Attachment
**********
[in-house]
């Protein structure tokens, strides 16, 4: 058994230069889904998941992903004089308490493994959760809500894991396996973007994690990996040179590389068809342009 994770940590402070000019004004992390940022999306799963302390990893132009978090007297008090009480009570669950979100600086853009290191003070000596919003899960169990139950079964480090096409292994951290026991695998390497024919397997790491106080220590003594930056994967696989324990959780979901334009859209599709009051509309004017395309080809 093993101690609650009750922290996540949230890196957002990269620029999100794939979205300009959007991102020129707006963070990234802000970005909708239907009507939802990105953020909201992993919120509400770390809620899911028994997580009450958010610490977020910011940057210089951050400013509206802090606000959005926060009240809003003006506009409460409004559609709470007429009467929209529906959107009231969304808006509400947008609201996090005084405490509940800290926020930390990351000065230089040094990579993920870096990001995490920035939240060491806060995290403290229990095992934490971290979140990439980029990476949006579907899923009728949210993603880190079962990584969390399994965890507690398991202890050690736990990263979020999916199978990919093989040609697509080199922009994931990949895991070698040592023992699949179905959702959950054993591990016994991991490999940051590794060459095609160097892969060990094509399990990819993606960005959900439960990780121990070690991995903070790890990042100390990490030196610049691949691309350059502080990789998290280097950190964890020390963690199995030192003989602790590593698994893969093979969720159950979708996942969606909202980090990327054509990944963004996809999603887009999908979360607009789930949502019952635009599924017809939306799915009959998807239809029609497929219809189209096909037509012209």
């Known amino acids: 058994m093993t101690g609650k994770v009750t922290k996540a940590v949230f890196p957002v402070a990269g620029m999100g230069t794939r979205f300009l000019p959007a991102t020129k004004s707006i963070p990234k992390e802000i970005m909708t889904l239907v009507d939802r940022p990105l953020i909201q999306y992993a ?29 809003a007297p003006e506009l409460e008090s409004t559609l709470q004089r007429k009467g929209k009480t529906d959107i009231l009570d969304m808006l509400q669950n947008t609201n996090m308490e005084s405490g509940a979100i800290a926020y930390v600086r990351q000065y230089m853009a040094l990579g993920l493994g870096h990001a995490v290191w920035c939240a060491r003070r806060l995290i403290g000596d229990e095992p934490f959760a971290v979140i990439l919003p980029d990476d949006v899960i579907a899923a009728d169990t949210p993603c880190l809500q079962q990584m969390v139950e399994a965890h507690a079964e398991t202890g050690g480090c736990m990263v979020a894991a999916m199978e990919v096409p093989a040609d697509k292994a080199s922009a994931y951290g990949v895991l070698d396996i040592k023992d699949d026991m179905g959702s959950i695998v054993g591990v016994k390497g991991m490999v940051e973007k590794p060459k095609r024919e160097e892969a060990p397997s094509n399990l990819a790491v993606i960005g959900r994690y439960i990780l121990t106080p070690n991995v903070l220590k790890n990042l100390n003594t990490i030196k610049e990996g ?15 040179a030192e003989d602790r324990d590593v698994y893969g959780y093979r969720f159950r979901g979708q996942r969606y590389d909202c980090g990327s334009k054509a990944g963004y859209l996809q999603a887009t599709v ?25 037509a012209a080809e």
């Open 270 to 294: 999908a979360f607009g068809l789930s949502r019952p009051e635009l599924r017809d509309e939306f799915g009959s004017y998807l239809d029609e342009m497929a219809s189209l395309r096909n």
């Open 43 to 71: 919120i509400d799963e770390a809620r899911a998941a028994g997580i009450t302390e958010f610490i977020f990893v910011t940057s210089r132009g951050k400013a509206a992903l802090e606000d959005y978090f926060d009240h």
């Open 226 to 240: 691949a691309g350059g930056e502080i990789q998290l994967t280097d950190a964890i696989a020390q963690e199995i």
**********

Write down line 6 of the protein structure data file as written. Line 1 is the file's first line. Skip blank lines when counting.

């Open 226 to 240: 691949a691309g350059g930056e502080i990789q998290l994967t280097d950190a964890i696989a020390q963690e199995i």